Sampling inequalities affect generalization of neuroimaging-based diagnostic classifiers in psychiatry


Background The development of machine learning models for aiding in the diagnosis of mental disorder is recognized as a significant breakthrough in the field of psychiatry. However, clinical practice of such models remains a challenge, with poor generalizability being a major limitation. Methods Here, we conducted a pre-registered meta-research assessment on neuroimaging-based models in the psychiatric literature, quantitatively examining global and regional sampling issues over recent decades, from a view that has been relatively underexplored. A total of 476 studies (n = 118,137) were included in the current assessment. Based on these findings, we built a comprehensive 5-star rating system to quantitatively evaluate the quality of existing machine learning models for psychiatric diagnoses. Results A global sampling inequality in these models was revealed quantitatively (sampling Gini coefficient (G) = 0.81, p < .01), varying across different countries (regions) (e.g., China, G = 0.47; the USA, G = 0.58; Germany, G = 0.78; the UK, G = 0.87). Furthermore, the severity of this sampling inequality was significantly predicted by national economic levels (beta= -2.75, p < .001, R2adj = 0.40; r = -.84, 95% CI -.41 to -.97), and was plausibly predictable for model performance, with higher sampling inequality for reporting higher classification accuracy. Further analyses showed that lack of independent testing (84.24% of models, 95% CI 81.0-87.5%), improper cross-validation (51.68% of models, 95% CI 47.2-56.2%), and poor technical transparency (87.8% of models, 95% CI 84.9-90.8%)/availability (80.88% of models, 95% CI 77.3-84.4%) are prevailing in current diagnostic classifiers despite improvements over time. Relating to these observations, model performances were found decreased in studies with independent cross-country sampling validations (all p < .001, BF10 > 15). In light of this, we proposed a purpose-built quantitative assessment checklist, which demonstrated that the overall ratings of these models increased by publication year but were negatively associated with model performance. Conclusions Together, improving sampling economic equality and hence the quality of machine learning models may be a crucial facet to plausibly translating neuroimaging-based diagnostic classifiers into clinical practice.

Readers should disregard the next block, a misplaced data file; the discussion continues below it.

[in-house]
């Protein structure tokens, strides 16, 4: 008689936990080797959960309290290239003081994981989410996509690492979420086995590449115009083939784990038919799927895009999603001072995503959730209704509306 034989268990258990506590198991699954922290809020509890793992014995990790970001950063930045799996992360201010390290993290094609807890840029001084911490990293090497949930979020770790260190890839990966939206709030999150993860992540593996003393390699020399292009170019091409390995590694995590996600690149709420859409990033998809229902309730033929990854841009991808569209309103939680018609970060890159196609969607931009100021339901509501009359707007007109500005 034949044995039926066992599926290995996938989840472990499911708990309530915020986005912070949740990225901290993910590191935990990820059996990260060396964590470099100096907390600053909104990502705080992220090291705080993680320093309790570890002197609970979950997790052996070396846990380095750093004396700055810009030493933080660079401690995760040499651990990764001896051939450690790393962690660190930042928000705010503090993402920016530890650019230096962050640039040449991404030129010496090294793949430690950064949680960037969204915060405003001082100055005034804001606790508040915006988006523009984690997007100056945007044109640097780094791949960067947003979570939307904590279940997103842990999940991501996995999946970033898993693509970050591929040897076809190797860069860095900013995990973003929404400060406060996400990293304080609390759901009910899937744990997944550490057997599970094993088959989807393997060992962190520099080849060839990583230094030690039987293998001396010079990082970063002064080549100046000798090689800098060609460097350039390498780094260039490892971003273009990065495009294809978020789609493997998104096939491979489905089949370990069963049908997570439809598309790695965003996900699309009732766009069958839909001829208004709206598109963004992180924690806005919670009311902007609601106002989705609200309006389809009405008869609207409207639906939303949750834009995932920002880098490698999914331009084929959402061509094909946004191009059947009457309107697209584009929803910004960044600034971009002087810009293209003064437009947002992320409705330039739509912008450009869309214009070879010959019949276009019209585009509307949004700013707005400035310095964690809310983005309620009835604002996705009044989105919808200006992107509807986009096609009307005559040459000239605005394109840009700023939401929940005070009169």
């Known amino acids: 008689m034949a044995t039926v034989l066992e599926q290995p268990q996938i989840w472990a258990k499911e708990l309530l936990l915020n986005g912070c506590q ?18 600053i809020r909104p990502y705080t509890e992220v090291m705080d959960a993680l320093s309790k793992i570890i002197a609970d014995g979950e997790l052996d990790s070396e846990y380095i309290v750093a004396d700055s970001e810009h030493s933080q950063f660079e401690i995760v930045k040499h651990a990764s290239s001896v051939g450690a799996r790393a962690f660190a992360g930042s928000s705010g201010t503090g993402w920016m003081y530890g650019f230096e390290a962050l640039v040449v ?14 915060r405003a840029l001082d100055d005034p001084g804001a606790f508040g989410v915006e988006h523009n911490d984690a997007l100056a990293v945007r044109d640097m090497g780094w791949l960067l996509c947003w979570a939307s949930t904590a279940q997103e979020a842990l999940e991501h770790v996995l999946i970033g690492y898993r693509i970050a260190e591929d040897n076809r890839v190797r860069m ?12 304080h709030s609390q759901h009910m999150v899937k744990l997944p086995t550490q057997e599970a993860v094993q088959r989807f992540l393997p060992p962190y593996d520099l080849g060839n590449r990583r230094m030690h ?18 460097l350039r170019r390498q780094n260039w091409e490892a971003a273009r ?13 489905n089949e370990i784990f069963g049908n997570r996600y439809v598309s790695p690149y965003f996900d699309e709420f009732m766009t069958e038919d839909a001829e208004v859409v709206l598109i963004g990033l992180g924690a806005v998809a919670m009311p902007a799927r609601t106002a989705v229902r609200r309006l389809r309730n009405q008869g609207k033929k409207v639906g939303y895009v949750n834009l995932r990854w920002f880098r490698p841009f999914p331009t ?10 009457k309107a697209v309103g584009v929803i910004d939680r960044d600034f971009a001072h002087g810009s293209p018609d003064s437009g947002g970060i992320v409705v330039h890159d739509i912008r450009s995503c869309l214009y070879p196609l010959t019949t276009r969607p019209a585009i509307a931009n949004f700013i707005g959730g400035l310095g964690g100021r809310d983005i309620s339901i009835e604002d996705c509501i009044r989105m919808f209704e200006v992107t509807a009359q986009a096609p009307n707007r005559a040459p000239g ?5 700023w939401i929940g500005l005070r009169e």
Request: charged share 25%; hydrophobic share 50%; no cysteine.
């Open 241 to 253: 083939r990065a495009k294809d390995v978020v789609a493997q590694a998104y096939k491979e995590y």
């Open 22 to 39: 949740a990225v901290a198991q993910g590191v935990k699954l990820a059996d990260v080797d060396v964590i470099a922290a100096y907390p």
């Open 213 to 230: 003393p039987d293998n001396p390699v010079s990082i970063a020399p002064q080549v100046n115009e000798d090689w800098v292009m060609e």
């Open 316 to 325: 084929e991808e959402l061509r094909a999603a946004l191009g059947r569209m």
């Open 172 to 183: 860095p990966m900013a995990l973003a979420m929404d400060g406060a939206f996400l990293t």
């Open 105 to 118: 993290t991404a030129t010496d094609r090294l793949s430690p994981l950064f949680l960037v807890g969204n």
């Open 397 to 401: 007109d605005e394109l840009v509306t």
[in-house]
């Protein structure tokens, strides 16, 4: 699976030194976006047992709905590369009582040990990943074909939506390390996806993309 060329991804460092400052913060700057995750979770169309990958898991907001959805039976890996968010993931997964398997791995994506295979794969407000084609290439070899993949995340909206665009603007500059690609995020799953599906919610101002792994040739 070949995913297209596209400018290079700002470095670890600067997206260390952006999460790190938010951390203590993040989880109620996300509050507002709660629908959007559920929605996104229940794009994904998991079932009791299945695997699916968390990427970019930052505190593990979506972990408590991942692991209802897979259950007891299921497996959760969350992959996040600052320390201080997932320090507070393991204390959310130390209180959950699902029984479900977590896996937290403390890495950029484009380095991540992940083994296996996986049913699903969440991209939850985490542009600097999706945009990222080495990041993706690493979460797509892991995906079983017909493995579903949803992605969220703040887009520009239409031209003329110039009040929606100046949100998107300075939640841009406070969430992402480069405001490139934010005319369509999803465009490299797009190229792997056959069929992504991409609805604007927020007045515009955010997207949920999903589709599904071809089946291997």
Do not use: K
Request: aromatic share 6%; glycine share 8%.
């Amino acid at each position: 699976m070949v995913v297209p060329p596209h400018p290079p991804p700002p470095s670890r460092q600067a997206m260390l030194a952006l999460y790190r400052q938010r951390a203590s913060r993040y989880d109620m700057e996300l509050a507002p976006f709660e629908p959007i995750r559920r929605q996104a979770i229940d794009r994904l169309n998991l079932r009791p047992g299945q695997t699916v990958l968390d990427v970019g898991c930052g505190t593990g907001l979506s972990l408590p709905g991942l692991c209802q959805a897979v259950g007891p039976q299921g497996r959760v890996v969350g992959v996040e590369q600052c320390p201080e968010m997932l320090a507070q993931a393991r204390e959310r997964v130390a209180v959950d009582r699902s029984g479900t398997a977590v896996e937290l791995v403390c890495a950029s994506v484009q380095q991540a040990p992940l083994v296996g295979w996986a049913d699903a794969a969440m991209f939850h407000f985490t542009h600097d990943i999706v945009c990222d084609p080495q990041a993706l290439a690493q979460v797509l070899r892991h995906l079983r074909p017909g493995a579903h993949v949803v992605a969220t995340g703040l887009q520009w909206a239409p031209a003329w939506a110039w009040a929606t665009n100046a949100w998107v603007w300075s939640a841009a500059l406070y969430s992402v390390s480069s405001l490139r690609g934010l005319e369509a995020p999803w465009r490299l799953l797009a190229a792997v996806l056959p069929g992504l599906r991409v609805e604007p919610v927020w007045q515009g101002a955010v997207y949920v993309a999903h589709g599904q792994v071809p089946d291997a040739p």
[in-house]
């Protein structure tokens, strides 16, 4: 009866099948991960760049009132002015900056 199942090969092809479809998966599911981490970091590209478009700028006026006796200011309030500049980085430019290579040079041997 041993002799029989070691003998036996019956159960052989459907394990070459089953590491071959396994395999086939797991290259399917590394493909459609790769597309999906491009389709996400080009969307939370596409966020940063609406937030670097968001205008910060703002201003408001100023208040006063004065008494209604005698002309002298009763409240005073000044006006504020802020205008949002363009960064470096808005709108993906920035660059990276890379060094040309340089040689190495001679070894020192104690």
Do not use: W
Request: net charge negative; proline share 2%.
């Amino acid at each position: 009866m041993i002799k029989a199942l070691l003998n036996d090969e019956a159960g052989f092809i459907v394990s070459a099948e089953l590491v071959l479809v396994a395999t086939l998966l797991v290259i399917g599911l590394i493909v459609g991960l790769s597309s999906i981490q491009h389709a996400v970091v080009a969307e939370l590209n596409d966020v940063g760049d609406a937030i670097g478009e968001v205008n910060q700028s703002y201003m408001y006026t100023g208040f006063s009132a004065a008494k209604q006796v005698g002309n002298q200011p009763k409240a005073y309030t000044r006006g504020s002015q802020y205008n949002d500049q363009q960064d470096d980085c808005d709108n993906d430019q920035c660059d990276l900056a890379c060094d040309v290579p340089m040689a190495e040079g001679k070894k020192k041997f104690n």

In BMC medicine
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